French Resort in the Pyrenees Sparks Debate on the Transportation of Snow to Ski Slopes by Helicopter

Luchon-Superbagnères is a ski resort whose summit rests amongst a chain of mountains and glaciers along the crest of the French Pyrenees. Last month, the resort used a helicopter to transport approximately fifty tons of snow to its bare, snowless slopes so that it could remain open during the height of tourist season when the holidays brought a heavy influx of guests to the ski schools. 

Temperatures hovered above 10 degrees Celsius (50 degrees Fahrenheit) in the region, making it too warm to even operate the snow-making machines. So, at a cost of about 5,000 euros, the local council delivered snow from farther up in the mountains to cover the beginner slopes. The director of the local council, Hervé Pounau, claimed this decision would protect the jobs of eighty people, including ski lift operators, rental shop workers, and ski school instructors. Though he admitted the solution was not ecologically sound, Pounau insisted they had no other choice.

“Because of the economic loss that would have followed the closure of the ski resort, French news outlets have echoed support from many local stakeholders,” said Samuel Morin, a researcher at Météo-France, the head of the Snow Research Center based in Grenoble, and a lead author for the Intergovernmental Panel on Climate Change (IPCC) Special Report on the Ocean and Cryosphere (SROCC) Chapter 2: High Mountain Areas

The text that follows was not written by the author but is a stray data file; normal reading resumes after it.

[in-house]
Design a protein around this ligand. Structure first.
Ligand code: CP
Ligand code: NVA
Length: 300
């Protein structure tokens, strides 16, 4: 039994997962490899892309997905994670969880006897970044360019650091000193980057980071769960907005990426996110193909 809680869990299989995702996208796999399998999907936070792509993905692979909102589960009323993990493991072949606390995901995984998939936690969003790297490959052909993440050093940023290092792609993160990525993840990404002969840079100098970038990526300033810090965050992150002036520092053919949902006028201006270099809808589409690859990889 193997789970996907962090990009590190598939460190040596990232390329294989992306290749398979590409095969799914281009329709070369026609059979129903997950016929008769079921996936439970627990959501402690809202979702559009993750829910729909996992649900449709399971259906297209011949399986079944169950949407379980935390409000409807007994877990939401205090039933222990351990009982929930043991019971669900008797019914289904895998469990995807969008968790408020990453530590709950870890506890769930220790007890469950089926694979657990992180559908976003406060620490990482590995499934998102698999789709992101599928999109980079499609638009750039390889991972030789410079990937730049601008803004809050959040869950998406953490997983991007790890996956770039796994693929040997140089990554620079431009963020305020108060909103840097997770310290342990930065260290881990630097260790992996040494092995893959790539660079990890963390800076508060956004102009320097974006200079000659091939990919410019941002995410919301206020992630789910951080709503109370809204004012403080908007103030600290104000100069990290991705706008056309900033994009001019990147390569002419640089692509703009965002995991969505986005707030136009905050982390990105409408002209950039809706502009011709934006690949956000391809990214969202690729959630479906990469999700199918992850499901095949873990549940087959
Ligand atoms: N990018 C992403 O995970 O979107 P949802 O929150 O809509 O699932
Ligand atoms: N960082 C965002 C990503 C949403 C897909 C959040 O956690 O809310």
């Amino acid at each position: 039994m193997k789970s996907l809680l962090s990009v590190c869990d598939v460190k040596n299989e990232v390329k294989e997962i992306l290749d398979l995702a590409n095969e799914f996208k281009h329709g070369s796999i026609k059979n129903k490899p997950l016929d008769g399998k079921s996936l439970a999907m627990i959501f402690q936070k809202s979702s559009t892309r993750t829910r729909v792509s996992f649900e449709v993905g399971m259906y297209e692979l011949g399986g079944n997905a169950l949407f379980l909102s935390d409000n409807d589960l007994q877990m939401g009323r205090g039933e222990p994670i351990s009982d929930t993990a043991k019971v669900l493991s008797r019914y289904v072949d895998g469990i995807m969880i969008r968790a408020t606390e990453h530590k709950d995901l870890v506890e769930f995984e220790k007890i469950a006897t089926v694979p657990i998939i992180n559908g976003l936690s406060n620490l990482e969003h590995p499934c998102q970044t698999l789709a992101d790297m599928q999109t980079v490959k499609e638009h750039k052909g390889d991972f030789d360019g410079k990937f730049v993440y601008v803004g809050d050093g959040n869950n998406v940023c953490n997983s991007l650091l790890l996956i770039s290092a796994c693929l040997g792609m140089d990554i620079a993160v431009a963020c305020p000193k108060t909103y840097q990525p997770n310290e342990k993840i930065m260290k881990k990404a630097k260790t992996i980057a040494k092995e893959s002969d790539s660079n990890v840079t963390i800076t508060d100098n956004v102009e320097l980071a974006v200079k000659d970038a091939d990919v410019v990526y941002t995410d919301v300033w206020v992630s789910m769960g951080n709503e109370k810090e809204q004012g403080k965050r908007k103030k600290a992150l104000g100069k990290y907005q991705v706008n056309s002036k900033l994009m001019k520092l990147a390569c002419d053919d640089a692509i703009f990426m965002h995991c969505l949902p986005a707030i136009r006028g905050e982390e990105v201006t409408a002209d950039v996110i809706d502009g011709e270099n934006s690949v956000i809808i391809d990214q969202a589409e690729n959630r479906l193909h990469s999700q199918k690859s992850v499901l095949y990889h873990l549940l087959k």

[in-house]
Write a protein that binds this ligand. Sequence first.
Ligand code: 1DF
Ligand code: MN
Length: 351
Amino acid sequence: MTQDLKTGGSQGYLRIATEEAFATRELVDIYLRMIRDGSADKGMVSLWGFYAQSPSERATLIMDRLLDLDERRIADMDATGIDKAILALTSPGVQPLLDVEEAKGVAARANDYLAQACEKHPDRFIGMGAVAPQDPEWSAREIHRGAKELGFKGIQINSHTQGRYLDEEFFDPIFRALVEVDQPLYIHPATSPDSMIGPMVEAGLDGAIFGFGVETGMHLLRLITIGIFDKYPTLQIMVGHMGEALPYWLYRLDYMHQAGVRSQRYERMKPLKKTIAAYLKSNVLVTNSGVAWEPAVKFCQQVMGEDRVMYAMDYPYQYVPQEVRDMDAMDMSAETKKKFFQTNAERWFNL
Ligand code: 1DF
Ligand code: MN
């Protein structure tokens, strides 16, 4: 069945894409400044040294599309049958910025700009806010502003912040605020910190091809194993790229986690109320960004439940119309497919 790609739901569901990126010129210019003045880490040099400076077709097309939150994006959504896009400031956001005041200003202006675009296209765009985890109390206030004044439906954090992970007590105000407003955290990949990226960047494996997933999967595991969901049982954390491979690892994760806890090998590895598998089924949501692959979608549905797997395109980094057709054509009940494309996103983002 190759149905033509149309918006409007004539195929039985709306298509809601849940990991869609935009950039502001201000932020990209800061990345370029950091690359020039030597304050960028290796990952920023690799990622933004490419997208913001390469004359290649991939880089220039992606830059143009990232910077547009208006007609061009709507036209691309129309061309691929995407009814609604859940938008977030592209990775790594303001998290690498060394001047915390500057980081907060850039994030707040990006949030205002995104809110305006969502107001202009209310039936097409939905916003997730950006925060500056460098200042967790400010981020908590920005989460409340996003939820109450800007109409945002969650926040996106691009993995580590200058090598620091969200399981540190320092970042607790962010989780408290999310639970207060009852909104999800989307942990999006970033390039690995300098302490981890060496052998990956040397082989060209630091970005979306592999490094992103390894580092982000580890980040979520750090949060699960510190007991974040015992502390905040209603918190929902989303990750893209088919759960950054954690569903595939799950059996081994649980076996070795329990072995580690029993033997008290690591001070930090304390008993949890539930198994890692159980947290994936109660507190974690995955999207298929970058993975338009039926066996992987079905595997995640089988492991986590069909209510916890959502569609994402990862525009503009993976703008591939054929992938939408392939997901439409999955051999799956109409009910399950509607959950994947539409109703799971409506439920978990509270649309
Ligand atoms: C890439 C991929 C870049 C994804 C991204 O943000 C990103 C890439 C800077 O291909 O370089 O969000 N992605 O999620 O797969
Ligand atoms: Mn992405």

Morin noted that many representatives from mountain communities have publicly expressed their support, including Jean-Pierre Rougeaux, the mayor of Valloire (Savoie, Northern Alps). Rougeaux is also the president of the French Snow and Avalanche association (ANENA) and secretary general of the association of mayors of mountain municipalities. Rougeaux called for an end to “the denigration of the mountain,” saying that the 2020 winter conditions required this additional supply of snow “in order to connect a few tens of meters of tracks,” which would, in turn, support the inhabitants of the village. 

Many environmental groups reacted to the situation, arguing that adapting to the consequences of climate change by employing an energy-guzzling flying machine as a solution is certainly a step in the wrong direction. “What made a big difference is that the French Minister for the Environment, Elisabeth Borne, tweeted about it, as well as her Secretary of State, Emmanuelle Wargon,” said Morin. A few days later, a meeting was hosted in Paris in which many local authorities and representatives from the ski industry agreed to abolish the transport of snow by helicopter. Morin added, “a commitment was also made by the French government to provide support to ski resorts to adapt to climate change.”